Supreme Court Justice Carlson participates in litigation symposium
Supreme Court Justice George C. Carlson Jr. participated in a Nov. 9 litigation symposium at the University of Mississippi School of Law.
"Mississippi Law Journal Symposium: Litigation in Mississippi Today," included five panel discussions on litigation issues that have drawn national attention to the state. Carlson participated in a panel discussion that dealt with topics including appeal bond requirements, forum shopping, venue, judicial discretion, punitive damages and the 90-day time period for exchanging information by opposing parties in a process known as discovery.
"It really helped to be able to just discuss the current issues as they relate to civil litigation in Mississippi," said Carlson, a former Circuit Judge who was appointed to the Supreme Court on Oct. 29. "There was no consensus. There were folks on both sides of the issues. I think everyone was pretty objective and very frank in expressing their opinions," said Carlson.
"I commend the sponsors for creating this forum in order to be able to have such a frank and open discussion on these critical issues," Carlson said.
The panel in which Carlson participated included W. Scott Welch III, president of the American Board of Trial Advocates and past president of the Mississippi Bar; Hazlehurst attorney Jim Shannon; Batesville attorney Richard T. Phillips, former president of the Mississippi Trial Lawyers Association; and Alan E. Untereiner, partner in Washington, D.C., law firm of Robbins, Russell, Englert, Orseck and Untereiner LLP. The panel was moderated by National Law Journal reporter Mark Ballard.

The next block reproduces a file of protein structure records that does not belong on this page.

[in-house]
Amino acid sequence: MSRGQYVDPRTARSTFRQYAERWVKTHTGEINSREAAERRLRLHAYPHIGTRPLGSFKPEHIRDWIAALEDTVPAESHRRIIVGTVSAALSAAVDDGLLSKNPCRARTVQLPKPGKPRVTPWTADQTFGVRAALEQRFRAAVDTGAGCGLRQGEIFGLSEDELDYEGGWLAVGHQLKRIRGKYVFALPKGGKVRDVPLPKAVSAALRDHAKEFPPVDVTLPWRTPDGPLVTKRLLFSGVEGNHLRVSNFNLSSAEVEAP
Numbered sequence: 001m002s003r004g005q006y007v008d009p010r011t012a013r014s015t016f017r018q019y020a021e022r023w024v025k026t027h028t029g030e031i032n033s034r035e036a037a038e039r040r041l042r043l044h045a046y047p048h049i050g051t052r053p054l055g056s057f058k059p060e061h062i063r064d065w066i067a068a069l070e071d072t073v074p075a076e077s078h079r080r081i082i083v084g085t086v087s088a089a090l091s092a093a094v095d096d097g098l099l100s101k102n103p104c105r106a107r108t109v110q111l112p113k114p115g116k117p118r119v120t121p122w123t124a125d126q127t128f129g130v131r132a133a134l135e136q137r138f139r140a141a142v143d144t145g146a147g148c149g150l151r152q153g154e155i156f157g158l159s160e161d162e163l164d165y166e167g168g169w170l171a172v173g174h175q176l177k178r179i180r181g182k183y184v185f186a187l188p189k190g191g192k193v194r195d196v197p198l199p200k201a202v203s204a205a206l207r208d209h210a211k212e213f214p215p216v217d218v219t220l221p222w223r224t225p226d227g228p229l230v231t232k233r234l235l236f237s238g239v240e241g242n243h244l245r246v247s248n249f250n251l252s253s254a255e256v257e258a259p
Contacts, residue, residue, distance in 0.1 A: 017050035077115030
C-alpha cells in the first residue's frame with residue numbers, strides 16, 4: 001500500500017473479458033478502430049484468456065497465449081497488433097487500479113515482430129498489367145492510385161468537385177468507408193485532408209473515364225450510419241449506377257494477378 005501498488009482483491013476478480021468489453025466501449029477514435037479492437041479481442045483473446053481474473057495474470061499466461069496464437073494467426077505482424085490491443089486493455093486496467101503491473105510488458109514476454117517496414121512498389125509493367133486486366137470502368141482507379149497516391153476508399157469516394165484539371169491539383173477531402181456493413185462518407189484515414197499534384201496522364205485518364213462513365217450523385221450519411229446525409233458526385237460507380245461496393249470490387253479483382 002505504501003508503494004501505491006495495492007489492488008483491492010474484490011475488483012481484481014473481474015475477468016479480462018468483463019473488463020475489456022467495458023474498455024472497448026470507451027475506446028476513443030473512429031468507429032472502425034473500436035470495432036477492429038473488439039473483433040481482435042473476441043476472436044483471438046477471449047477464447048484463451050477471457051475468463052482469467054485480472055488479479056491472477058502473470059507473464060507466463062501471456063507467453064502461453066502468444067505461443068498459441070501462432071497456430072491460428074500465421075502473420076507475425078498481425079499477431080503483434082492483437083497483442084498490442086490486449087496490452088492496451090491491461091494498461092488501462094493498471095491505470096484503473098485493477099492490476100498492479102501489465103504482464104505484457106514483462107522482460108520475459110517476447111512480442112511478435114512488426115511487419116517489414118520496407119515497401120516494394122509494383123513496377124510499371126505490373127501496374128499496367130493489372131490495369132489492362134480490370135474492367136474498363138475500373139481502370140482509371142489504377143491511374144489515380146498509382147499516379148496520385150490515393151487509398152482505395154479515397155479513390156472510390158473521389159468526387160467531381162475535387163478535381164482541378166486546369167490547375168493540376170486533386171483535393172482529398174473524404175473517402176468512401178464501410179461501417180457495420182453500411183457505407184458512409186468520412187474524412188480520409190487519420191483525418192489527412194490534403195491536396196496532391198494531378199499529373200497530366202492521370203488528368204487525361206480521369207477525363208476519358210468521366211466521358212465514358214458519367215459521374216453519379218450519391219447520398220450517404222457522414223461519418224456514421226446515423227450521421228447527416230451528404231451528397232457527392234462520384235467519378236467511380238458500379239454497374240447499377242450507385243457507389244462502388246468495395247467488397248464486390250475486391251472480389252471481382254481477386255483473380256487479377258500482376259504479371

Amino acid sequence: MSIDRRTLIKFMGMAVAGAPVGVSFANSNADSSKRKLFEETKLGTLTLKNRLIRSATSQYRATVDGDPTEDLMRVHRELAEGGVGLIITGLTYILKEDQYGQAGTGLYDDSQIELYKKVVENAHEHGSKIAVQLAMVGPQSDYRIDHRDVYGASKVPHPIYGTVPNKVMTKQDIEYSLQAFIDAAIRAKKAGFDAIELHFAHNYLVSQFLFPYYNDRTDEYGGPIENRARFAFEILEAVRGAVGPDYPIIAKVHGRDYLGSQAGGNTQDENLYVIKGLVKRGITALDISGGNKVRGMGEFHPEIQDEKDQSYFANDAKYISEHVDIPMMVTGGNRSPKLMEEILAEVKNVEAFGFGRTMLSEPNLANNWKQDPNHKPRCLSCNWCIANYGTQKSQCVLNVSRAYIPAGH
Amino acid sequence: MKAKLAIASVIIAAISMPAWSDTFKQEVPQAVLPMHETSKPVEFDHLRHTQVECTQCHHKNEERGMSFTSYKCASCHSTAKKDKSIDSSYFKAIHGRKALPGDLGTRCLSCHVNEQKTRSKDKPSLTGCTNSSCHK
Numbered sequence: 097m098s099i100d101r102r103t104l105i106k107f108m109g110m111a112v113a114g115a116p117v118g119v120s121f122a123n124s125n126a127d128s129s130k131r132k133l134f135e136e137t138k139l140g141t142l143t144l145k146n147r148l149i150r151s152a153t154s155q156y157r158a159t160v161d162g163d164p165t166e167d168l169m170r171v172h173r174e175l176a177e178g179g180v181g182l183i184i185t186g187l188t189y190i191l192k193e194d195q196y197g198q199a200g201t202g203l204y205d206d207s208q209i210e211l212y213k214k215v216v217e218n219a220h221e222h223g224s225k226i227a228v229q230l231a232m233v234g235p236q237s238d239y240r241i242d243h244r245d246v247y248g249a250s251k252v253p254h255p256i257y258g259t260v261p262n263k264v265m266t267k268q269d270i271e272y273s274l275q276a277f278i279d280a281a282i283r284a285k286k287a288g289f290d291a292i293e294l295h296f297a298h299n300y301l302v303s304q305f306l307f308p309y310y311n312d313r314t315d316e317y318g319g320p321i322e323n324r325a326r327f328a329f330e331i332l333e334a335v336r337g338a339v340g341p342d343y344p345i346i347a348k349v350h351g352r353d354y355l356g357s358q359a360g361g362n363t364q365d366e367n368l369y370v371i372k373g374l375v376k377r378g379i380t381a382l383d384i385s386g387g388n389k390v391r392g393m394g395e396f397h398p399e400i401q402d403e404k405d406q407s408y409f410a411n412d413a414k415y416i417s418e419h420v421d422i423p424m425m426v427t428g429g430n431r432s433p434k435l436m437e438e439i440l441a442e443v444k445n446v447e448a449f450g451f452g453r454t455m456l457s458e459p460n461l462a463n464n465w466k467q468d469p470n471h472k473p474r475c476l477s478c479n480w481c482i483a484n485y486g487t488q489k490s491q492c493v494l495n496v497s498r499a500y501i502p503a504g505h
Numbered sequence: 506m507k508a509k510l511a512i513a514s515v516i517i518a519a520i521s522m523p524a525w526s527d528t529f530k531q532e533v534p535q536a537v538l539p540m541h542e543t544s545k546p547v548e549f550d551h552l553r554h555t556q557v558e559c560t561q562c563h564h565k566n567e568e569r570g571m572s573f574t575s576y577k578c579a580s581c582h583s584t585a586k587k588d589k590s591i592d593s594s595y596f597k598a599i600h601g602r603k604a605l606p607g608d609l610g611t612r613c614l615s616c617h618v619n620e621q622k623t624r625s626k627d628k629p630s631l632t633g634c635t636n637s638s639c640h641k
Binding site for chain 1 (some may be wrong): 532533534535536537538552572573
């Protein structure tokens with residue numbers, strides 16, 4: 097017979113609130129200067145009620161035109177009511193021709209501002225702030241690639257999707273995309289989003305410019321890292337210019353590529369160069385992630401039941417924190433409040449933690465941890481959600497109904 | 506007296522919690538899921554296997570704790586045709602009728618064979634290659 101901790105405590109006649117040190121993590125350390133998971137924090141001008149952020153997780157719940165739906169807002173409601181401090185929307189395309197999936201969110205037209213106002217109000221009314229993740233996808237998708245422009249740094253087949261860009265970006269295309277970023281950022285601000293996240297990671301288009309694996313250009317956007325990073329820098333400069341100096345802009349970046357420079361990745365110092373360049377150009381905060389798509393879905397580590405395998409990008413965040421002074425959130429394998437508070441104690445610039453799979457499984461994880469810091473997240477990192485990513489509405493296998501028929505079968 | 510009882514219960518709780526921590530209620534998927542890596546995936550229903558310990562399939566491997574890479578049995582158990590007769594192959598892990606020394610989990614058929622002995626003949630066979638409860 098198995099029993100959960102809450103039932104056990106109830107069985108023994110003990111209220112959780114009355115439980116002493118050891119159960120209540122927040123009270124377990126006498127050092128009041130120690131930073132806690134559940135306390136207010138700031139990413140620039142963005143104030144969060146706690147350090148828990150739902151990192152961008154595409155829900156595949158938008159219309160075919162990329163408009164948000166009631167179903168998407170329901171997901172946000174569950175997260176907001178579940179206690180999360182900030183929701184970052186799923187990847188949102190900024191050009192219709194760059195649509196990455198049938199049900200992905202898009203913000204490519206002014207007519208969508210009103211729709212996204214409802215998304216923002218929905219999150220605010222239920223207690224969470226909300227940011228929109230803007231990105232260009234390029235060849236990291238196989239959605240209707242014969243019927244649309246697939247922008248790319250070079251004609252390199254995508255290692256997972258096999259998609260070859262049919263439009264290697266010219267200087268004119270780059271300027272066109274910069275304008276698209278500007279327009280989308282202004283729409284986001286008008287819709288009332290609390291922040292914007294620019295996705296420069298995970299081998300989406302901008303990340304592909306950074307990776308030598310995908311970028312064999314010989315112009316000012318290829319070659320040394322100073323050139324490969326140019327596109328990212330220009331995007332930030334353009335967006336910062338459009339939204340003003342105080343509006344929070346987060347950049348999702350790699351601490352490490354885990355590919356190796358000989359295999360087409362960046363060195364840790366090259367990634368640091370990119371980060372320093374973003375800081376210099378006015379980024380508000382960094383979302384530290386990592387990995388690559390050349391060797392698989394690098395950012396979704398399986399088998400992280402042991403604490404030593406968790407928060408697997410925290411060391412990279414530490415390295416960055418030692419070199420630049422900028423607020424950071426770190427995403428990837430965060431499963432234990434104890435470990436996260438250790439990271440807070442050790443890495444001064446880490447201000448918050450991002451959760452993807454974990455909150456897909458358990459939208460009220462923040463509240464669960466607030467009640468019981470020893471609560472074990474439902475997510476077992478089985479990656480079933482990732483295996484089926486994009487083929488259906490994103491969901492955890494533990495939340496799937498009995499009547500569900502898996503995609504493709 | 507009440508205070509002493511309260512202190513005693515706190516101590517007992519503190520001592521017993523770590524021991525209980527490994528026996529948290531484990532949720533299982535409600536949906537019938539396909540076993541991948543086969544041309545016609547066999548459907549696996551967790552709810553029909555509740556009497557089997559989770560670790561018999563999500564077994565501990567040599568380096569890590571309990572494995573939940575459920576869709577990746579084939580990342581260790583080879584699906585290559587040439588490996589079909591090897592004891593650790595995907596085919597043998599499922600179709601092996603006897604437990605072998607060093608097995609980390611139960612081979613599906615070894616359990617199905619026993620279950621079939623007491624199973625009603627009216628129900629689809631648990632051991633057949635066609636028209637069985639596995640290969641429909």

Topics discussed by other panels included:
National figures who participated in the symposium included, among others, Richard Thornburgh, former U.S. Attorney General, former governor of Pennsylvania and former Under-Secretary General of the United Nations; William Bradford Reynolds, former Assistant to the U.S. Solicitor General and former Assistant Attorney General, Civil Rights Division, U.S. Department of Justice; and Sherman Joyce, president of the American Tort Reform Association.
The symposium was sponsored by the University of Mississippi School of Law, the Mississippi Law Journal, the Mississippi Trial Lawyers Association, the American Tort Reform Association, the Coalition for Asbestos Justice and Friends of the Law Center.
An upcoming edition of the Mississippi Law Journal will include articles prepared by symposium participants as well as a complete transcript of each panel discussion.
For more information, contact Beverly Pettigrew Kraft, court public information officer, at 601-354-7452.